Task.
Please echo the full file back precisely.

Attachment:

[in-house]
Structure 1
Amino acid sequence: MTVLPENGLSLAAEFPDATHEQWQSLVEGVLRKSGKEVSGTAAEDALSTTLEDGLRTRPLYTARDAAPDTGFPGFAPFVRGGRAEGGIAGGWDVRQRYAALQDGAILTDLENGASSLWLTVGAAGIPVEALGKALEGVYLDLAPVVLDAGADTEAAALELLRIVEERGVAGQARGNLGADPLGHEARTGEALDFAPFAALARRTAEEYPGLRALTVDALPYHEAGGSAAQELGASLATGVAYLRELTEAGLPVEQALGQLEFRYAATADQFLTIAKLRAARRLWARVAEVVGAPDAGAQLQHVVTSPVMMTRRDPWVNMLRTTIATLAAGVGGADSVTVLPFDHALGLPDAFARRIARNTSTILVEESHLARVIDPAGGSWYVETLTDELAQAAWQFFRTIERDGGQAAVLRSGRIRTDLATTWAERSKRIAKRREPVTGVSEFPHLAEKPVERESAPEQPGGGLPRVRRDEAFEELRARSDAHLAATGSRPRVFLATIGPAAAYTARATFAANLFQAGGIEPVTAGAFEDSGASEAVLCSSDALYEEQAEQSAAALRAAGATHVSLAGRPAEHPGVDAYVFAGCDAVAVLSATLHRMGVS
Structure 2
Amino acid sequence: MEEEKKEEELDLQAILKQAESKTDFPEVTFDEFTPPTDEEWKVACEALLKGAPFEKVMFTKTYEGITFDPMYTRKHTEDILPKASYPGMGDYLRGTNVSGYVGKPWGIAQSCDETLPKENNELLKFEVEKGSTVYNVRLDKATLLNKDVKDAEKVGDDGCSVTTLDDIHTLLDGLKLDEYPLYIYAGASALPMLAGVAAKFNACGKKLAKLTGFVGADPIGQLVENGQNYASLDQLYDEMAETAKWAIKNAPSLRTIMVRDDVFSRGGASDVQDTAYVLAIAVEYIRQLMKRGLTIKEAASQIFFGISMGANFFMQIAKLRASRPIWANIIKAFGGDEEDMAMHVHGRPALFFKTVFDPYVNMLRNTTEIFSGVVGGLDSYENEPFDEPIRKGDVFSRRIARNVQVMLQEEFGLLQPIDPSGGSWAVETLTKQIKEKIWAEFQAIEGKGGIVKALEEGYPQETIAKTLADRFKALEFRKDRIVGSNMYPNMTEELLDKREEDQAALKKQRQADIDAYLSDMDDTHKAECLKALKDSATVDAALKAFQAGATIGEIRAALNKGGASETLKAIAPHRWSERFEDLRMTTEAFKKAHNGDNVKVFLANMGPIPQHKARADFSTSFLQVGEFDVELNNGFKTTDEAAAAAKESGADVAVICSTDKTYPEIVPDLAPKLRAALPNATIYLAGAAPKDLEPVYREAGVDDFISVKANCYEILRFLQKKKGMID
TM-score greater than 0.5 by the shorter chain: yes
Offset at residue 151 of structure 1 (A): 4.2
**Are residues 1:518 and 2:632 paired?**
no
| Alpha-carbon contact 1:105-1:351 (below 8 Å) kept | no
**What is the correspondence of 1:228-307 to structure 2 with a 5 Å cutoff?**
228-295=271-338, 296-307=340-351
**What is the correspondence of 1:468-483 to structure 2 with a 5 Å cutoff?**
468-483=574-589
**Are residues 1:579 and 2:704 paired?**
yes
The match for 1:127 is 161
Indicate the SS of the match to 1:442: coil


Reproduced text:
[in-house]
Structure 1
Amino acid sequence: MTVLPENGLSLAAEFPDATHEQWQSLVEGVLRKSGKEVSGTAAEDALSTTLEDGLRTRPLYTARDAAPDTGFPGFAPFVRGGRAEGGIAGGWDVRQRYAALQDGAILTDLENGASSLWLTVGAAGIPVEALGKALEGVYLDLAPVVLDAGADTEAAALELLRIVEERGVAGQARGNLGADPLGHEARTGEALDFAPFAALARRTAEEYPGLRALTVDALPYHEAGGSAAQELGASLATGVAYLRELTEAGLPVEQALGQLEFRYAATADQFLTIAKLRAARRLWARVAEVVGAPDAGAQLQHVVTSPVMMTRRDPWVNMLRTTIATLAAGVGGADSVTVLPFDHALGLPDAFARRIARNTSTILVEESHLARVIDPAGGSWYVETLTDELAQAAWQFFRTIERDGGQAAVLRSGRIRTDLATTWAERSKRIAKRREPVTGVSEFPHLAEKPVERESAPEQPGGGLPRVRRDEAFEELRARSDAHLAATGSRPRVFLATIGPAAAYTARATFAANLFQAGGIEPVTAGAFEDSGASEAVLCSSDALYEEQAEQSAAALRAAGATHVSLAGRPAEHPGVDAYVFAGCDAVAVLSATLHRMGVS
Structure 2
Amino acid sequence: MEEEKKEEELDLQAILKQAESKTDFPEVTFDEFTPPTDEEWKVACEALLKGAPFEKVMFTKTYEGITFDPMYTRKHTEDILPKASYPGMGDYLRGTNVSGYVGKPWGIAQSCDETLPKENNELLKFEVEKGSTVYNVRLDKATLLNKDVKDAEKVGDDGCSVTTLDDIHTLLDGLKLDEYPLYIYAGASALPMLAGVAAKFNACGKKLAKLTGFVGADPIGQLVENGQNYASLDQLYDEMAETAKWAIKNAPSLRTIMVRDDVFSRGGASDVQDTAYVLAIAVEYIRQLMKRGLTIKEAASQIFFGISMGANFFMQIAKLRASRPIWANIIKAFGGDEEDMAMHVHGRPALFFKTVFDPYVNMLRNTTEIFSGVVGGLDSYENEPFDEPIRKGDVFSRRIARNVQVMLQEEFGLLQPIDPSGGSWAVETLTKQIKEKIWAEFQAIEGKGGIVKALEEGYPQETIAKTLADRFKALEFRKDRIVGSNMYPNMTEELLDKREEDQAALKKQRQADIDAYLSDMDDTHKAECLKALKDSATVDAALKAFQAGATIGEIRAALNKGGASETLKAIAPHRWSERFEDLRMTTEAFKKAHNGDNVKVFLANMGPIPQHKARADFSTSFLQVGEFDVELNNGFKTTDEAAAAAKESGADVAVICSTDKTYPEIVPDLAPKLRAALPNATIYLAGAAPKDLEPVYREAGVDDFISVKANCYEILRFLQKKKGMID
TM-score greater than 0.5 by the shorter chain: yes
Offset at residue 151 of structure 1 (A): 4.2
**Are residues 1:518 and 2:632 paired?**
no
| Alpha-carbon contact 1:105-1:351 (below 8 Å) kept | no
**What is the correspondence of 1:228-307 to structure 2 with a 5 Å cutoff?**
228-295=271-338, 296-307=340-351
**What is the correspondence of 1:468-483 to structure 2 with a 5 Å cutoff?**
468-483=574-589
**Are residues 1:579 and 2:704 paired?**
yes
The match for 1:127 is 161
Indicate the SS of the match to 1:442: coil